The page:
These round, bubble-like cacti have pronounced tubercles (thus the genus name) which bear spines at the tip. Some plants may be globose, others cylindrical. Some are solitary; others may branch at the base, along the stem, or at the tip; and some form large clumps. The spines may be quite ornamental. They can be stout or bristly or feathery or pectinate (appearing in comb-like units). The central spines on some Mammillarias are hooked, and this feature can be useful for identification.
Many species flower reliably every year starting at a fairly young age, and this is a big part of their appeal. Some flowers are relatively shy (smallish and somewhat closed) but others are comparatively large and open wide. A few plants make red, tubular flowers specialized for hummingbird pollination. Mammillaria flowers tend to form rings around the tips of the stems, emerging from the previous season’s growth. + Show More
This genus is widespread in Mexico (and especially Baja California) but a few species also occur in the southwestern US, central America and the Caribbean, just into South America. The greatest diversity is found in dry or seasonally dry climates. All but 2 species are found in Mexico; almost 90% of species are endemic to Mexico; and a third of species are restricted to a single state in Mexico. These cacti often occupy rocky terrain and exposed locations where they do not experience wet feet.
As with most cacti, Mammillarias demand strong light for good form and good health. They do not tolerate deep shade, but they can do well for many years on a sunny windowsill. Your Mammillaria should “see” the sun for hours a day year round, and the more the better indoors.
These plants enjoy gritty, fast-draining soil with at least half rock and do well in containers on the small side (matching the diameter of the plant or the size of the roots without a lot of extra space, especially at the bottom). They may prefer unglazed terra cotta containers because of the way they breathe. Overwatering or overpotting can lead to disastrous results. Be sure to allow the soil to go dry at depth before watering. Avoid watering when temperatures are on the low side.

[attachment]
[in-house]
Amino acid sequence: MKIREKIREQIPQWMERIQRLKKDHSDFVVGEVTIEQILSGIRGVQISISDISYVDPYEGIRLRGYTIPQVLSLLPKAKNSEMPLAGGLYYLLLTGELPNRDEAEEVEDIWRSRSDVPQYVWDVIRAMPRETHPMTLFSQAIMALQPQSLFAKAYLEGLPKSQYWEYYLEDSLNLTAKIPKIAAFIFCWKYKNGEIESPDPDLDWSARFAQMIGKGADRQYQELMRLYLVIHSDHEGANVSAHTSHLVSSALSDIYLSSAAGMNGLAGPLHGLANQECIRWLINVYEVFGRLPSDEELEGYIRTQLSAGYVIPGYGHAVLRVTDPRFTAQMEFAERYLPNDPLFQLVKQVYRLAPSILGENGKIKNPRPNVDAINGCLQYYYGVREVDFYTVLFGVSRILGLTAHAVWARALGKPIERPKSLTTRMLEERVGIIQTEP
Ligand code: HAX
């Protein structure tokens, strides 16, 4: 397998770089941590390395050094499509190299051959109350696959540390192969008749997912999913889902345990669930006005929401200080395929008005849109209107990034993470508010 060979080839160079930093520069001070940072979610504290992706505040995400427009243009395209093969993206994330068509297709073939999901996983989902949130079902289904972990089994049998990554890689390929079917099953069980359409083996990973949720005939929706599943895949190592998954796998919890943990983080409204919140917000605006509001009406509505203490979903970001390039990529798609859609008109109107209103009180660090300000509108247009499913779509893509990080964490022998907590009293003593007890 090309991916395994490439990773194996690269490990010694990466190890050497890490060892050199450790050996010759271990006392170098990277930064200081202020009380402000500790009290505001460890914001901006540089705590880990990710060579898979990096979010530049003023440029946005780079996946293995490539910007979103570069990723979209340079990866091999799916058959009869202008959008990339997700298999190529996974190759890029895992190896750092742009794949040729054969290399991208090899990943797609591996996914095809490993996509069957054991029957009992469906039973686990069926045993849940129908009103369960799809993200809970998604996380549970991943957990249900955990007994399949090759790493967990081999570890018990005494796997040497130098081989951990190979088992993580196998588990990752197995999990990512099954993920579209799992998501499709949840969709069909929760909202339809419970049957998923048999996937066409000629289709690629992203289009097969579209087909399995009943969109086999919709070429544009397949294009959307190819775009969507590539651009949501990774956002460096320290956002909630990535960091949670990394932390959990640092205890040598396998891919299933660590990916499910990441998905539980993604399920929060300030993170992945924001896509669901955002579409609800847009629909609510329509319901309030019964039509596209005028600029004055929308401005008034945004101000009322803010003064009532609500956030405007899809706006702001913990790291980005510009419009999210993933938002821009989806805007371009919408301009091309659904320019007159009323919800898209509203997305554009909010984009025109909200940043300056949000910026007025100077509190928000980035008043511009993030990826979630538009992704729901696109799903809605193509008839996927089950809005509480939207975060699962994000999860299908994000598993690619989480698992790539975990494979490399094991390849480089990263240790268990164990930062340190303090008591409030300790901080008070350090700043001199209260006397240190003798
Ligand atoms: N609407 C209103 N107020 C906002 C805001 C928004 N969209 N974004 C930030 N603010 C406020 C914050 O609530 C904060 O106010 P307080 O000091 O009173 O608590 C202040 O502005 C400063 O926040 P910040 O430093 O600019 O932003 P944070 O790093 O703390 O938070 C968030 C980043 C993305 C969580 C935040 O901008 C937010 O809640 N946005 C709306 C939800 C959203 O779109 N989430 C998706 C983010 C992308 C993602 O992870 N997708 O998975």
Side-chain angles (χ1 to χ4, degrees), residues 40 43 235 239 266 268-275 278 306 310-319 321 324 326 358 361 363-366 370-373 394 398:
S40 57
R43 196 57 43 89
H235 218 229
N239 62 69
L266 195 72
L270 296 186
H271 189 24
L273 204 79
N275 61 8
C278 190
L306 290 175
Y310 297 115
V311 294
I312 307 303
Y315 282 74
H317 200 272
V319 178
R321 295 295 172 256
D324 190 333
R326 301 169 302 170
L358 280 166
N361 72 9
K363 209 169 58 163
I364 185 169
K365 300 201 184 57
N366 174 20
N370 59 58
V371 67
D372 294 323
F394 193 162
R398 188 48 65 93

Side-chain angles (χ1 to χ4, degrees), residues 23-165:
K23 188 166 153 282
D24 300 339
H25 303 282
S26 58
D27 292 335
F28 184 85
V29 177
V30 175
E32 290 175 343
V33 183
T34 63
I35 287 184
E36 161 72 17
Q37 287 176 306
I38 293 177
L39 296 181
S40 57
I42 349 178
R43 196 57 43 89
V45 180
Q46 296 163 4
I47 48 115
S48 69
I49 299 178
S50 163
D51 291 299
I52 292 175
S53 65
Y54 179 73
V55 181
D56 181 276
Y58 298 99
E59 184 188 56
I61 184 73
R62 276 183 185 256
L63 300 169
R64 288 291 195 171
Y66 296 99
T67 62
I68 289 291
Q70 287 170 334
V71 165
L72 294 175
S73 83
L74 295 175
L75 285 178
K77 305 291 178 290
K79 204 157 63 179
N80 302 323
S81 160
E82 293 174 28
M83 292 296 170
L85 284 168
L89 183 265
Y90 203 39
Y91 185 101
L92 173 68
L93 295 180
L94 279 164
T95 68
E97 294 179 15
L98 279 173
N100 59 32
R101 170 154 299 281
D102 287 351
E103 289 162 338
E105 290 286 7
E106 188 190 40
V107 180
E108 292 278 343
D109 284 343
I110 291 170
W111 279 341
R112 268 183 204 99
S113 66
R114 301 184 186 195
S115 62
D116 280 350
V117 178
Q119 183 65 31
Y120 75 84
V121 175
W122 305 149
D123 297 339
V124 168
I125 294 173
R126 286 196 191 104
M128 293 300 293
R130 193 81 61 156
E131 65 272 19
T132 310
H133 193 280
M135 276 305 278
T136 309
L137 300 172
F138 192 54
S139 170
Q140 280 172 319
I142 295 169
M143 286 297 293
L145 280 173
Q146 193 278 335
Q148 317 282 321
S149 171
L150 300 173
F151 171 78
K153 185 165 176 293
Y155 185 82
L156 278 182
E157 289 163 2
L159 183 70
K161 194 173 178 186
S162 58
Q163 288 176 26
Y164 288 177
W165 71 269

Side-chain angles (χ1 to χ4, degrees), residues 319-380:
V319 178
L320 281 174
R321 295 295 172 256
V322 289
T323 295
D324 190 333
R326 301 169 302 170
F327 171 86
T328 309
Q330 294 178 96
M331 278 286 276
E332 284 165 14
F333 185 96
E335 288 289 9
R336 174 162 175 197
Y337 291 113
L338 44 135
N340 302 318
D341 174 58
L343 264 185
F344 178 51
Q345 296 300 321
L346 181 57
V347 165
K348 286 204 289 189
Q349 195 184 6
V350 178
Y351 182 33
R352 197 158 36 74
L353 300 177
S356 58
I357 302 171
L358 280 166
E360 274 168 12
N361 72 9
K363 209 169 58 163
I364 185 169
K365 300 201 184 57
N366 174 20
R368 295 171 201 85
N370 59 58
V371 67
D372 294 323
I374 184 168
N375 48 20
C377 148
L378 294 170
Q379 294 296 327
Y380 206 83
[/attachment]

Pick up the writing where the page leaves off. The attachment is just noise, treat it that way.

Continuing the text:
Depending on the plant, Mammillarias may be grown from seed or from offsets. They may not be self fertile (ie. two individuals in flower may be required to produce seed). At least one plant (M. dioica) is dioecious, meaning it has distinct sexes. The seed is small and very young plants do not tolerate the soil drying out much, thus they typically receive overhead protection for some time (months) after germination in cultivation. + Show More
The late-20th century concept of Mammillaria described above includes genera that used to be distinct, including (most recently) Cochemiea (Baja California natives with long, tubular, zygomorphic red flowers) and Mammilloydia (one species, candida, whose seeds have unique features). It excludes other plants with somewhat dimorphic areoles like Coryphantha (grooved tubercles, blooms at the tip) and Escobaria (also blooms at the tip).
Recent genetic studies have rearranged these genera, and as of 2021 the Mammilloid group consists of 3 genera: Mammillaria, Cochemiea, and Coryphantha. Almost all of the straight-spined species still fall in the newly reduced Mammillaria, almost all of the hooked-spine species now fall in a greatly expanded Cochemiea (including the plants with zygomorphic flowers from the former version), and Coryphantha will probably be expanded to include Escobaria (details remain to be seen).
Héctor M. Hernández & Carlos Gómez-Hinostrosa, Mapping the Cacti of Mexico, Part II: Mammillaria (2015)
John Pilbeam, Mammillaria: Now and Again (2017)
Peter B. Breslin, Martin F. Wojciechowski & Lucas C. Majure, Molecular phylogeny of the Mammilloid clade (Cactaceae) resolves the monophyly of Mammillaria (Taxon, 2021)